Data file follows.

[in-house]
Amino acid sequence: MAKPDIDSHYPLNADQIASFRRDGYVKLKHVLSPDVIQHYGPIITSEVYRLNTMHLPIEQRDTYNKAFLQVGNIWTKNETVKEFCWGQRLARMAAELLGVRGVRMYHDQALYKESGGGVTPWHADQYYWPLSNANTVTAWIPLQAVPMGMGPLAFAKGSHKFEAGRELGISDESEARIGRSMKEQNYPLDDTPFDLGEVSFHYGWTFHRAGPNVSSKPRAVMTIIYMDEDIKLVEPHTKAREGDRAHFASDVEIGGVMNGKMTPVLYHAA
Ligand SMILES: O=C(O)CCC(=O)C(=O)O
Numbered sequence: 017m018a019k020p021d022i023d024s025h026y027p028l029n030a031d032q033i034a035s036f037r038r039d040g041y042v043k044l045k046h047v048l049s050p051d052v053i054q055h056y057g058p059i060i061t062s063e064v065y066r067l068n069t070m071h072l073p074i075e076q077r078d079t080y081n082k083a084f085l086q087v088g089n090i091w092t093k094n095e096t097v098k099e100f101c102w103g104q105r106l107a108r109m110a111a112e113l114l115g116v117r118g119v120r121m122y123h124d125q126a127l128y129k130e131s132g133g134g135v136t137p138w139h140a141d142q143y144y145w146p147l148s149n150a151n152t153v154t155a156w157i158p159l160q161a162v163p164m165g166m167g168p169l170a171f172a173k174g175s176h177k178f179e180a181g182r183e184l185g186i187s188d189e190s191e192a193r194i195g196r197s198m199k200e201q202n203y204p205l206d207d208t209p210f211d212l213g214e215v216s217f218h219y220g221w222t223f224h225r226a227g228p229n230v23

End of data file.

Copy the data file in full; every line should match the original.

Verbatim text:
[in-house]
Amino acid sequence: MAKPDIDSHYPLNADQIASFRRDGYVKLKHVLSPDVIQHYGPIITSEVYRLNTMHLPIEQRDTYNKAFLQVGNIWTKNETVKEFCWGQRLARMAAELLGVRGVRMYHDQALYKESGGGVTPWHADQYYWPLSNANTVTAWIPLQAVPMGMGPLAFAKGSHKFEAGRELGISDESEARIGRSMKEQNYPLDDTPFDLGEVSFHYGWTFHRAGPNVSSKPRAVMTIIYMDEDIKLVEPHTKAREGDRAHFASDVEIGGVMNGKMTPVLYHAA
Ligand SMILES: O=C(O)CCC(=O)C(=O)O
Numbered sequence: 017m018a019k020p021d022i023d024s025h026y027p028l029n030a031d032q033i034a035s036f037r038r039d040g041y042v043k044l045k046h047v048l049s050p051d052v053i054q055h056y057g058p059i060i061t062s063e064v065y066r067l068n069t070m071h072l073p074i075e076q077r078d079t080y081n082k083a084f085l086q087v088g089n090i091w092t093k094n095e096t097v098k099e100f101c102w103g104q105r106l107a108r109m110a111a112e113l114l115g116v117r118g119v120r121m122y123h124d125q126a127l128y129k130e131s132g133g134g135v136t137p138w139h140a141d142q143y144y145w146p147l148s149n150a151n152t153v154t155a156w157i158p159l160q161a162v163p164m165g166m167g168p169l170a171f172a173k174g175s176h177k178f179e180a181g182r183e184l185g186i187s188d189e190s191e192a193r194i195g196r197s198m199k200e201q202n203y204p205l206d207d208t209p210f211d212l213g214e215v216s217f218h219y220g221w222t223f224h225r226a227g228p229n230v23